Some notes on Gomer as we continue in the Hosea quest.
Many people try to turn Gomer into a romantically tragical character, implying in the process that we should pity her for her dire situation that she was unable to free herself from. While it is very true that she was unable to free herself, it’s not because of being captive by anyone or anything but her own selfish sinfulness. When we see her as a victim it’s easy to see Hosea as a savior and find the comparison to us in Gomer. The harder task is to stare into her glaringly sinful heart and see ourselves. We don’t want to think of her as deliberately sinful because we don’t want to see the deliberate sinfulness in ourselves.
Hosea 1:2a says,
When the Lord first spoke through Hosea, the Lord said to Hosea, “Go, take to yourself a wife of whoredom…
God tells Hosea to go out and find a woman who is living a life characterized by a certain kind of sin. Not only does God want to send a clear message through Hosea’s life about the pain His people cause Him when they chase their sin, but he wants to strongly liken it to as distasteful a sin of betrayal as He can. This is the revulsion we are to feel for our passion to chase after our sin. The same kind of disgust we have when we hear of this sin of betrayal (or experience it ourselves) in our lives.
So, while we should resist pity, or sympathy, for Gomer, we can embrace empathy toward her. For we are her. We need God to come in all His loving mercy and forgive us, again and again. That Christ would know us in all our vile corruption and choose to “endure the cross, despising it’s shame” (Hebrews 12:2) for our sake, is a beauty we cannot take for granted. We can see a strong resemblance to this wretched shame of the cross of Christ in the shame that Hosea would have felt every day as he lived with Gomer. And, as Christ, still chose to love her and take her back. Our sympathy should be strongest felt for Hosea, the figure representing our long suffering Lord.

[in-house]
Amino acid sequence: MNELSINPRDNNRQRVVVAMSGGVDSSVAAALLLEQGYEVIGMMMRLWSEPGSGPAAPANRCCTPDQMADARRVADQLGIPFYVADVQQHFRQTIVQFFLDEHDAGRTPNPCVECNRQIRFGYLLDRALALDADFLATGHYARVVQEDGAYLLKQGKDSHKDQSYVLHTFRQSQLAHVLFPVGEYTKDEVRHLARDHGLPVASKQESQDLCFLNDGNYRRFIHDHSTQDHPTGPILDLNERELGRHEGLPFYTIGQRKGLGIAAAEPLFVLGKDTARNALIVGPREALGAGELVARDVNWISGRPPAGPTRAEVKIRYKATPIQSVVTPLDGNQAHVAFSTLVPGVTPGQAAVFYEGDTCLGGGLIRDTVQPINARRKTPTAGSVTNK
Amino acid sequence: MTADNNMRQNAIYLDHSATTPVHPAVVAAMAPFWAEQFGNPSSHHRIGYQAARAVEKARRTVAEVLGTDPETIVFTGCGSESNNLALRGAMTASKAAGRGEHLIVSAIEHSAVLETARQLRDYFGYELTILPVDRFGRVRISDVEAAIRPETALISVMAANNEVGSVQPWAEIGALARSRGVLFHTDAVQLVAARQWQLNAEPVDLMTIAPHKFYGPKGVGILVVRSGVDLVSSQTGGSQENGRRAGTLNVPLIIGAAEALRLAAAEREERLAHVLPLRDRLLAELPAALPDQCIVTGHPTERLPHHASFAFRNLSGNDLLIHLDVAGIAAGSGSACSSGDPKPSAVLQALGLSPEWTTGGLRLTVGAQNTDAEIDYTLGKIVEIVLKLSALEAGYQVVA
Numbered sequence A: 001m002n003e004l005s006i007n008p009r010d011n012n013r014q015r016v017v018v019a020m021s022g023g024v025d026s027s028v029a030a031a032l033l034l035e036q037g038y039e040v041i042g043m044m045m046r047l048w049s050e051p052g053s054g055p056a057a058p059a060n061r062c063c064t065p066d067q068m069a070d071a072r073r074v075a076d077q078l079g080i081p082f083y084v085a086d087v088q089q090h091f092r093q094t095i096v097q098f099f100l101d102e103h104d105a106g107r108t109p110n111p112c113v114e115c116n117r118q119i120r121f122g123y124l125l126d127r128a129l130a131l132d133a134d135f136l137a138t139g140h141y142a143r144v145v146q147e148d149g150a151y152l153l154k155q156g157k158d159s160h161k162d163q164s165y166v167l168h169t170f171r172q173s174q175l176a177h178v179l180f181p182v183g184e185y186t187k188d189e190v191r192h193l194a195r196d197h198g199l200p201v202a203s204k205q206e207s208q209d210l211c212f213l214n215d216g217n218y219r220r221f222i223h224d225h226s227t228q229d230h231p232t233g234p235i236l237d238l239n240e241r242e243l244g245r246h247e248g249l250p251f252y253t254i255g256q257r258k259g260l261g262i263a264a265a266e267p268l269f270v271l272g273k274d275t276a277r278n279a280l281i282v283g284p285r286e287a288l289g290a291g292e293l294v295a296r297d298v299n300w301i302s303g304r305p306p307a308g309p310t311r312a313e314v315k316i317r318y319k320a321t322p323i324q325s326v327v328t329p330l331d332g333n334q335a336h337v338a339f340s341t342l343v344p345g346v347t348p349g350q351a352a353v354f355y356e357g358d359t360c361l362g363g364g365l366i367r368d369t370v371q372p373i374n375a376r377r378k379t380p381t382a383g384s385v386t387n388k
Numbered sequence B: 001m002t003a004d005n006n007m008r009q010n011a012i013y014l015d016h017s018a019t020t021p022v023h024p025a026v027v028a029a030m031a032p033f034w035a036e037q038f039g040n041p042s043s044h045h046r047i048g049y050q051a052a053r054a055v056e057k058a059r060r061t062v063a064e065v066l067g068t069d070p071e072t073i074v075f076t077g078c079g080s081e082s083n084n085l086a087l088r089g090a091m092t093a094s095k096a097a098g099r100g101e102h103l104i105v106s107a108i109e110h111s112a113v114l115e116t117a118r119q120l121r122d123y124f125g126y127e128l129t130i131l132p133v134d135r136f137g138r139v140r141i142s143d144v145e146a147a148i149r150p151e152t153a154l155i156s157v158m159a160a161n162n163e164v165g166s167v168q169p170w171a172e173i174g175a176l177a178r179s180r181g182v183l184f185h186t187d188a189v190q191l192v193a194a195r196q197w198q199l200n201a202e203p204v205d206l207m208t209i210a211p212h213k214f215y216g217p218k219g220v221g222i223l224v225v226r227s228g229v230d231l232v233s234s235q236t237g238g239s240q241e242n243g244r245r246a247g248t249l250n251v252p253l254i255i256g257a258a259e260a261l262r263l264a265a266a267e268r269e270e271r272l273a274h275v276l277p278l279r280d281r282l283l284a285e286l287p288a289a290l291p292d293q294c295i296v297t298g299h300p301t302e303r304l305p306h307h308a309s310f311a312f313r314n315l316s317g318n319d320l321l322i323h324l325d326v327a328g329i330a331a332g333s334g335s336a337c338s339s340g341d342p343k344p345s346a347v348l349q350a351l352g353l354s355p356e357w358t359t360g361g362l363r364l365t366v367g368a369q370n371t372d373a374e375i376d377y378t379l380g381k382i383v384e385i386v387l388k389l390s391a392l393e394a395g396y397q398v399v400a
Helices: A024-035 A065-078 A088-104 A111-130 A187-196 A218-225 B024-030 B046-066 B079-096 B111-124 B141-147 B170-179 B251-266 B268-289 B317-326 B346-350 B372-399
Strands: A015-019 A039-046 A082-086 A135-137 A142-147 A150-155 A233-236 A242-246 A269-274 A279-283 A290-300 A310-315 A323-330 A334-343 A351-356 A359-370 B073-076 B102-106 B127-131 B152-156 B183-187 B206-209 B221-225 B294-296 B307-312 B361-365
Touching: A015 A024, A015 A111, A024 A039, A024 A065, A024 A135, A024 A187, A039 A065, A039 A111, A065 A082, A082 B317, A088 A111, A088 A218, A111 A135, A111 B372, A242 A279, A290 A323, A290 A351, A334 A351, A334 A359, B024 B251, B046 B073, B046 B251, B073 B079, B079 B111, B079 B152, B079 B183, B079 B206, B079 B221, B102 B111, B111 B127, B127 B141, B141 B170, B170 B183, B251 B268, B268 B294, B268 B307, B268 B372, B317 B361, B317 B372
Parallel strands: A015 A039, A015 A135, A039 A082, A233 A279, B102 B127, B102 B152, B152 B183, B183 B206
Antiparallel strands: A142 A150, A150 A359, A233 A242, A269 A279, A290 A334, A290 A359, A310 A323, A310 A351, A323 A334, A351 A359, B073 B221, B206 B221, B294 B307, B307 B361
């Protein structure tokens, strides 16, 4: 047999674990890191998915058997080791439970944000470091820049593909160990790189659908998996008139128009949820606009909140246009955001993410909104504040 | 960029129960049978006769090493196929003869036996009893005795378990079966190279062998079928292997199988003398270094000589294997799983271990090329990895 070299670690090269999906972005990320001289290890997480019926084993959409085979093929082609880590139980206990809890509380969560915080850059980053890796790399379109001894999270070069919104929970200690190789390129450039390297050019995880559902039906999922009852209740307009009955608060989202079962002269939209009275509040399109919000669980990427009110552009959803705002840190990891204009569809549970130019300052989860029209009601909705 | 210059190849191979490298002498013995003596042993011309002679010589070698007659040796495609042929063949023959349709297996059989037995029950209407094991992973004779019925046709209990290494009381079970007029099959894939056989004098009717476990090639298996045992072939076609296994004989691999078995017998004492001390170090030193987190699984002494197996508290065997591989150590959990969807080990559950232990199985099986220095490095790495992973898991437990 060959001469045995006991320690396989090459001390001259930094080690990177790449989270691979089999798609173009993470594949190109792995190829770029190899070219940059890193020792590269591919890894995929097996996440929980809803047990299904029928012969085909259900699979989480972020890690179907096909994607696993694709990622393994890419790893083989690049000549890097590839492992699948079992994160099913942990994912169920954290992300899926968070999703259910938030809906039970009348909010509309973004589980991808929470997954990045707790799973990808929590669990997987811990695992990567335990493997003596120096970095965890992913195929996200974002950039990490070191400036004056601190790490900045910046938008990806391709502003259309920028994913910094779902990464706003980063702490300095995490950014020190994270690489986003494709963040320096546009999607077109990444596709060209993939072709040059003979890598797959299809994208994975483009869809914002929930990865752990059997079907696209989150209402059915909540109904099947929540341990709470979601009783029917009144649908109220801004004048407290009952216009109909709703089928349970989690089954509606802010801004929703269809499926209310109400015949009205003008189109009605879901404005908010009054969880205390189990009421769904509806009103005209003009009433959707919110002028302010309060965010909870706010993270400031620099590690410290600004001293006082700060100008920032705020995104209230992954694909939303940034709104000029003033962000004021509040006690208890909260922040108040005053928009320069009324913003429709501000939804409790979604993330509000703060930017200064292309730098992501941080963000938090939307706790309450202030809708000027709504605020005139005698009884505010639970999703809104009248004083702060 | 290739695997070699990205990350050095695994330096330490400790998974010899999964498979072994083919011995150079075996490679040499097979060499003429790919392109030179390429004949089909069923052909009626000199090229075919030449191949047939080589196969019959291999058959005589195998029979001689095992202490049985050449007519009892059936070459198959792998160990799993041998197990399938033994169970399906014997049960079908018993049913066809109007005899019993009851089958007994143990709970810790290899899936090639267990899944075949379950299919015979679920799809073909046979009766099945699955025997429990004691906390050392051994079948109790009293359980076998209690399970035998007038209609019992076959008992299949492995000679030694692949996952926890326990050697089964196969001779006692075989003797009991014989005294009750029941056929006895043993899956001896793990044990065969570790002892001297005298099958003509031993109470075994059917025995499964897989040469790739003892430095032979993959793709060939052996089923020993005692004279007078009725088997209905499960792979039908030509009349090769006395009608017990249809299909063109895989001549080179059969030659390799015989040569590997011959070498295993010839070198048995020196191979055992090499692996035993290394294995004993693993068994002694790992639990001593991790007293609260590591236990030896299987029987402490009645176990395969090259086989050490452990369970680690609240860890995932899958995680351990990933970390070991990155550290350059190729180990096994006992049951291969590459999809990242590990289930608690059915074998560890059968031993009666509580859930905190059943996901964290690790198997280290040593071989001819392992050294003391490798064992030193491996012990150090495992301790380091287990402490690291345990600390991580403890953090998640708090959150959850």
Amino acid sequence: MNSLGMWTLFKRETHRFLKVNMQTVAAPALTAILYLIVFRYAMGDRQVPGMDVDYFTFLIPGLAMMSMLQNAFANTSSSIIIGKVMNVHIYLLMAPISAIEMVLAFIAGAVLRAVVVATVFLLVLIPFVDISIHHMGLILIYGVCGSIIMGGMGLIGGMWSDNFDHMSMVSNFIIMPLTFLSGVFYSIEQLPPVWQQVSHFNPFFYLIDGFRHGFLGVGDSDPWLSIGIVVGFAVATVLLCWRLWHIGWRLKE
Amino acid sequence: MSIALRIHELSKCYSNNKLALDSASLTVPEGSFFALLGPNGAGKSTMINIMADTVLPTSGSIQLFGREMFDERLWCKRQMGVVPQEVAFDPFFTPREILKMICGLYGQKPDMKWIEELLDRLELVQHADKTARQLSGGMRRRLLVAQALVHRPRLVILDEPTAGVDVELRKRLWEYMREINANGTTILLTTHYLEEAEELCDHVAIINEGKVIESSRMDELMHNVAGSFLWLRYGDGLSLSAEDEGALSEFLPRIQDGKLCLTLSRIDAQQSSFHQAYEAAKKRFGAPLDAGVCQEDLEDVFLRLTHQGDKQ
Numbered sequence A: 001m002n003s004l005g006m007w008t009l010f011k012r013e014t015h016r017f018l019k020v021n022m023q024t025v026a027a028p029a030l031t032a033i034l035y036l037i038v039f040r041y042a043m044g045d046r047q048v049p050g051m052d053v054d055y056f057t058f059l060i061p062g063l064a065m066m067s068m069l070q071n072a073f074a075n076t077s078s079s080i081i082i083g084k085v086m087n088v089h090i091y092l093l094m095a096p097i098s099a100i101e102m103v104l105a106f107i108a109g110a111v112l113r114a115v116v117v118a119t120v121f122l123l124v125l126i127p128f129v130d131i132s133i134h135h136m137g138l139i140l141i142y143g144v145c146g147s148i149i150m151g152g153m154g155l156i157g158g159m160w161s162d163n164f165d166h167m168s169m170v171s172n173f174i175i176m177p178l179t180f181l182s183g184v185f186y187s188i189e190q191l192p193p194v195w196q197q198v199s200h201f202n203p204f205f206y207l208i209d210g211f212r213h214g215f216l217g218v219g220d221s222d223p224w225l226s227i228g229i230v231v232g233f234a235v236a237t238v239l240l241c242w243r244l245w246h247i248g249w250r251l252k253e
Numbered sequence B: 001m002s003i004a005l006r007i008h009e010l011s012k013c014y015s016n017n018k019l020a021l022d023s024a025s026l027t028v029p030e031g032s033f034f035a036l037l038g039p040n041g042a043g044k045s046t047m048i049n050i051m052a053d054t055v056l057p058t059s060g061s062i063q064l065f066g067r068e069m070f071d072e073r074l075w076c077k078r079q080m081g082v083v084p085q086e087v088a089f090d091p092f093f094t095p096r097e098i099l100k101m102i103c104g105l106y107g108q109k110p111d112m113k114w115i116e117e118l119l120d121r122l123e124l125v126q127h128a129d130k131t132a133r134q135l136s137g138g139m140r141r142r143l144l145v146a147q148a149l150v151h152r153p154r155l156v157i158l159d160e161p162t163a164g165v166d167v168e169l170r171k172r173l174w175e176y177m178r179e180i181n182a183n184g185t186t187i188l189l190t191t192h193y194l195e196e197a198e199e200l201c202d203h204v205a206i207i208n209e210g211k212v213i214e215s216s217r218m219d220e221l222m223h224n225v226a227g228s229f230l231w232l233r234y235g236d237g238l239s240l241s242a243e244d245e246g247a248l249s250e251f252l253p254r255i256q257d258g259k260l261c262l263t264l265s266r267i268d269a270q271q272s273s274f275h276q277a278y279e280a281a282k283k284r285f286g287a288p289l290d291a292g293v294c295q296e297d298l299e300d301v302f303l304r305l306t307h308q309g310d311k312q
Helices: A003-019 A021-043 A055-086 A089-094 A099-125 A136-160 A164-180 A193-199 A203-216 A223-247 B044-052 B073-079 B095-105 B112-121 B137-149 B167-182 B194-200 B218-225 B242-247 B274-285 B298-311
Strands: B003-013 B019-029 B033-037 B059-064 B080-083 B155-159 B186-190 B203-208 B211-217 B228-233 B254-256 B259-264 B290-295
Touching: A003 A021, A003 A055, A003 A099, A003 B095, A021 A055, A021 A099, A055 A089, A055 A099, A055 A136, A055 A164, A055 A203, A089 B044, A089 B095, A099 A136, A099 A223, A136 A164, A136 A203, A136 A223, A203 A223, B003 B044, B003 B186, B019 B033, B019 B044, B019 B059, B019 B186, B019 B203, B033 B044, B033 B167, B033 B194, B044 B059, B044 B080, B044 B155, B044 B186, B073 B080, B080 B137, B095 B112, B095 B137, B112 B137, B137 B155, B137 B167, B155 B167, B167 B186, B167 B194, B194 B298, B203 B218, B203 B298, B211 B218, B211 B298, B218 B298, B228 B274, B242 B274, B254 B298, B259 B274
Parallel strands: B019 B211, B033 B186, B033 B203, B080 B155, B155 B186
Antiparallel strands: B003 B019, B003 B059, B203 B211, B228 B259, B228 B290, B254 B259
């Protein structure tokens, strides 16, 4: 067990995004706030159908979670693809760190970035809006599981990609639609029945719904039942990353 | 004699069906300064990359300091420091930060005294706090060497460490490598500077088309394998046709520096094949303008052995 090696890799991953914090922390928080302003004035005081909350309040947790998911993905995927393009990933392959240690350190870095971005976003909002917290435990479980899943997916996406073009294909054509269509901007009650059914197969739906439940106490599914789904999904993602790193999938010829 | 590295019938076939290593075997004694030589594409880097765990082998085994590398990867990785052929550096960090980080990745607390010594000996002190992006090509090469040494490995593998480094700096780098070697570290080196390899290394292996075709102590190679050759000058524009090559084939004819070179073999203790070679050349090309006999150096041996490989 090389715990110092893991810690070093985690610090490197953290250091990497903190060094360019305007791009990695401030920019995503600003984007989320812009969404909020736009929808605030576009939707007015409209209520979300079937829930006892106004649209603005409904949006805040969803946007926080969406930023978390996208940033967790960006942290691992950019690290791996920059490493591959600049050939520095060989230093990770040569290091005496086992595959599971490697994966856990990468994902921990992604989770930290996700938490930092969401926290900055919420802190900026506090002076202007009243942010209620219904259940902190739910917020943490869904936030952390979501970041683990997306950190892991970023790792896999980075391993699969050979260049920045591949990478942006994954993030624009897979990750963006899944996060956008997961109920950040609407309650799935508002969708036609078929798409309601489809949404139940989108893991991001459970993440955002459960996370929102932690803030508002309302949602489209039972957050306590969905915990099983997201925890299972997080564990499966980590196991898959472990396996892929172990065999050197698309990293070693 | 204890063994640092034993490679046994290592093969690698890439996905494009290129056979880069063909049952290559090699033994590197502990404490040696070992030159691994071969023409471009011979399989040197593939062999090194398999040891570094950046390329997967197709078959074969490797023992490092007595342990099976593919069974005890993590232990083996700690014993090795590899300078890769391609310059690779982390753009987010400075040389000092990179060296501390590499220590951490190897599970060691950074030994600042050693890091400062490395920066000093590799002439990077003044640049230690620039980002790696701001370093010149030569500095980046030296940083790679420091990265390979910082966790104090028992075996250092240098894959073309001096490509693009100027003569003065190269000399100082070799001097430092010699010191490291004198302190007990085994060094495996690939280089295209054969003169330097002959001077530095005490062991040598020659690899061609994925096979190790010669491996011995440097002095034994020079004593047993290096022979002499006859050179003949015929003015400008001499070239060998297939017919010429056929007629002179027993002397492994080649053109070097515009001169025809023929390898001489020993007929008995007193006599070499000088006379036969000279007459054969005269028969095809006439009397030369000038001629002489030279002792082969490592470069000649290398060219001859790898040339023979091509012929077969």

Does Hosea save her. For sure. But the question that we forget to ask sometimes is did she want to be saved? Hosea 3:3 says,
And I said to her, “You must dwell as mine for many days. You shall not play the whore, or belong to another man; so will I also be to you.”
This language doesn’t suggest that she was excited that he had come to get her, or that she even realized that he was rescuing her.
If we think of Gomer as a pitifully trapped victim we miss the significance of the fact that she continues to return to her whoring again and again. We miss the significance of the proclamation of a rectified relationship in 1:10-2:1.
Yet the number of the children of Israel shall be like the sand of the sea, which cannot be measured or numbered. And in the place where it was said to them, “You are not my people,” it shall be said to them, “Children of the living God.” And the children of Judah and the children of Israel shall be gathered together, and they shall appoint for themselves one head. And they shall go up from the land, for great shall be the day of Jezreel. Say to your brothers, “You are my people,” and to your sisters, “You have received mercy.”
The ultimate victory of God’s love at the cross is the fulfillment of this prophecy made thousands of years before. Praise Him for His mercy in our shamefulness!